In short, I don't think the connection between age and plate discipline is as strong as you do. Sure, veterans tend to be more confident and comfortable on the field, but it is by no means part of "adjusting to the majors" to be in the hole every at-bat.

4:02 PM  
Anonymous bill stiteler said...

I disagree, sure there are those that adjust to the majors faster than others, and vets that swing at everything around them. But when you have a young ball player stepping onto the field for his first couple of major league seasons, doesn't matter who he is, his numbers are going to be down a lot from what they're capable of achieving. Baseball is 90% mental, and when you have young players battling that mental game, you see a lot of early two strike counts, and blown walk opportunities thanks to the en-experienced voice in their head telling them what to do.

4:53 PM  
Blogger ezekiel2517 said...

Well I disagree; no real prospect should go through a two year adjustment period in my opinion. When young players struggle to make contact/adjust to major league pitching, they spend more time in the minors, as Eldred will do this year. When a player should be ready for the majors, based on the time he's spent at the lower levels and how he's performed there, if he has trouble with plate discipline for two straight years in the majors, then I think at that point you have to admit that that player is not a real prospect.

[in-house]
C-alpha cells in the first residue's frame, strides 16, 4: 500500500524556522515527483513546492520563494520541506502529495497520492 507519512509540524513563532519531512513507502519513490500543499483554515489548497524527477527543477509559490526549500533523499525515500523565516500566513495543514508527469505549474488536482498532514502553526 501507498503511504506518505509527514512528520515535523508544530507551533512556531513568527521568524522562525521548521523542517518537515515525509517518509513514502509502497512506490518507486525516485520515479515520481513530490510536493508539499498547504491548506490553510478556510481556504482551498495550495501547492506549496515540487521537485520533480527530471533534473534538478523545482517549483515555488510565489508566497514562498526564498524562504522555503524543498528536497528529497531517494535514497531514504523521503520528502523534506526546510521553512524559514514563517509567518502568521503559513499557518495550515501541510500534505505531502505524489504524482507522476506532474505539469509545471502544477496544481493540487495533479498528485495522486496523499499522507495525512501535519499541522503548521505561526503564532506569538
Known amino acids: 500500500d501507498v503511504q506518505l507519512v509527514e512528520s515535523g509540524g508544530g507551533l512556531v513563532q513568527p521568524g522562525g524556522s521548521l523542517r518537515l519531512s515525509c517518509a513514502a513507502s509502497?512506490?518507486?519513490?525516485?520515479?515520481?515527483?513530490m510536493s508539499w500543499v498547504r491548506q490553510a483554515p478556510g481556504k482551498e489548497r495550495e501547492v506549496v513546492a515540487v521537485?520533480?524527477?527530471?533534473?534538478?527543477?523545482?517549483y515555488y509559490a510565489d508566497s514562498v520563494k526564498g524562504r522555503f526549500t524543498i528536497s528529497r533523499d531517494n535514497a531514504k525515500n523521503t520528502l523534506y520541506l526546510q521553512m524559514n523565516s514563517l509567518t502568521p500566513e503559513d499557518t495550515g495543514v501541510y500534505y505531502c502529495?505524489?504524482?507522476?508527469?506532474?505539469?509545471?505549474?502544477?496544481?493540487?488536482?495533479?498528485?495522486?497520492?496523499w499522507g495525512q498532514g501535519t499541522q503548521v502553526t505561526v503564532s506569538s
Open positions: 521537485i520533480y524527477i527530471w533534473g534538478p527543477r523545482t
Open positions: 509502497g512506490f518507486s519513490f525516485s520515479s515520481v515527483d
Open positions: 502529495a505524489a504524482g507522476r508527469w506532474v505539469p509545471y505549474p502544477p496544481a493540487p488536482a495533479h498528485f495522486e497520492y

The ones who adjust to major league pitching and put up numbers similar to their minor league numbers are the real players. Random examples: Bay, MCabrera, David Wright, Chris Shelton (damn you Dave Littlefield). And some new guys that I think will solidify their "real player" status this year: Ryan Howard, Jeff Franceour, Prince Fielder. These are all real batters. Guys like Jose Castillo certainly MAY be real batters -- Jose mostly because he's battled injuries throughout his career -- but it's very hard to put much stock into them when they show little production in their first two years in the majors.

And then there are guys like Craig Wilson who have shown production, but for some reason that's not enough for management to just play them every day.

5:35 PM  
Anonymous bill stiteler said...

Two years was a bad time choice on my part, it was a little to long. Most of the youth in baseball just can't cut the major league level. Most likely none of them didn't succeed based their hitting. And their hitting is bad from not showing any plate presence, or patience, or maybe they just weren't that good. But still, there are probably 100 Brant Browns to every Jason Bay, just shows you how good you have to preform to be at the major league level, and how sparingly it happens.

5:55 PM